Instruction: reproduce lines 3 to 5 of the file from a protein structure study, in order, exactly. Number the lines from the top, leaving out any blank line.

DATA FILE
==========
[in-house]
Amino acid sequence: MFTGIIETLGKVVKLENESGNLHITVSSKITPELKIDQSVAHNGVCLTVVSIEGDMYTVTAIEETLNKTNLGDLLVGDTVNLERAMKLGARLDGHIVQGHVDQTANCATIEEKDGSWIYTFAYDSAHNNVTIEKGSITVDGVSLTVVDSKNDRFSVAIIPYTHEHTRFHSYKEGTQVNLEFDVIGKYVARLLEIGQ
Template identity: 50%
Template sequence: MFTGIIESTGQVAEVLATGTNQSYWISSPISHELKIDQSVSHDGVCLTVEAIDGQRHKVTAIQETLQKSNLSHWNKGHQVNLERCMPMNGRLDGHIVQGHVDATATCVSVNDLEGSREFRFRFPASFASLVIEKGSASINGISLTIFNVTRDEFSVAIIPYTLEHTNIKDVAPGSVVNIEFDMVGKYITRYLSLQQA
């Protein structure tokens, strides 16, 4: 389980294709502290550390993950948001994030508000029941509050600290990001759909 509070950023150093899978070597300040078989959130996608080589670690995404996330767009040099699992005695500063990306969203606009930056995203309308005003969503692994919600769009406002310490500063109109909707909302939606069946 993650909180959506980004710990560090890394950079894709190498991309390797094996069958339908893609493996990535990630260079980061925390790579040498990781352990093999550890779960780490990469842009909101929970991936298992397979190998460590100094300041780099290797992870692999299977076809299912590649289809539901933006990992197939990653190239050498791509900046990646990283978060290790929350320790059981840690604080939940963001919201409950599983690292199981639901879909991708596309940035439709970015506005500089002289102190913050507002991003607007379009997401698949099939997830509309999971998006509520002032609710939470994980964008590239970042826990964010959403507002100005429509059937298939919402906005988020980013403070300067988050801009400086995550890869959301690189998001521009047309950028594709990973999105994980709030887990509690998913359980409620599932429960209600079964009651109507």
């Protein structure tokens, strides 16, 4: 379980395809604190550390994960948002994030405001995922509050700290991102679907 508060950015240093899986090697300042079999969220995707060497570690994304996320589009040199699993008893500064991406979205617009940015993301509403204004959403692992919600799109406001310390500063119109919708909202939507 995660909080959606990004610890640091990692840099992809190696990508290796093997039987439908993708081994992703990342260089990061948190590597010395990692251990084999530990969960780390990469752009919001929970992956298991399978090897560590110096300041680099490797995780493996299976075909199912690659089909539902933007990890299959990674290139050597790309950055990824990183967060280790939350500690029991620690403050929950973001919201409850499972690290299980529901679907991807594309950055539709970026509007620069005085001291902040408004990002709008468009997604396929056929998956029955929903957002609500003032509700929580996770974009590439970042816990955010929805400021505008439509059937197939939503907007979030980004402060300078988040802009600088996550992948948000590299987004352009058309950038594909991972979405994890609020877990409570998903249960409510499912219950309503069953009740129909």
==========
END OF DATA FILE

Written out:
Template identity: 50%
Template sequence: MFTGIIESTGQVAEVLATGTNQSYWISSPISHELKIDQSVSHDGVCLTVEAIDGQRHKVTAIQETLQKSNLSHWNKGHQVNLERCMPMNGRLDGHIVQGHVDATATCVSVNDLEGSREFRFRFPASFASLVIEKGSASINGISLTIFNVTRDEFSVAIIPYTLEHTNIKDVAPGSVVNIEFDMVGKYITRYLSLQQA
């Protein structure tokens, strides 16, 4: 389980294709502290550390993950948001994030508000029941509050600290990001759909 509070950023150093899978070597300040078989959130996608080589670690995404996330767009040099699992005695500063990306969203606009930056995203309308005003969503692994919600769009406002310490500063109109909707909302939606069946 993650909180959506980004710990560090890394950079894709190498991309390797094996069958339908893609493996990535990630260079980061925390790579040498990781352990093999550890779960780490990469842009909101929970991936298992397979190998460590100094300041780099290797992870692999299977076809299912590649289809539901933006990992197939990653190239050498791509900046990646990283978060290790929350320790059981840690604080939940963001919201409950599983690292199981639901879909991708596309940035439709970015506005500089002289102190913050507002991003607007379009997401698949099939997830509309999971998006509520002032609710939470994980964008590239970042826990964010959403507002100005429509059937298939919402906005988020980013403070300067988050801009400086995550890869959301690189998001521009047309950028594709990973999105994980709030887990509690998913359980409620599932429960209600079964009651109507």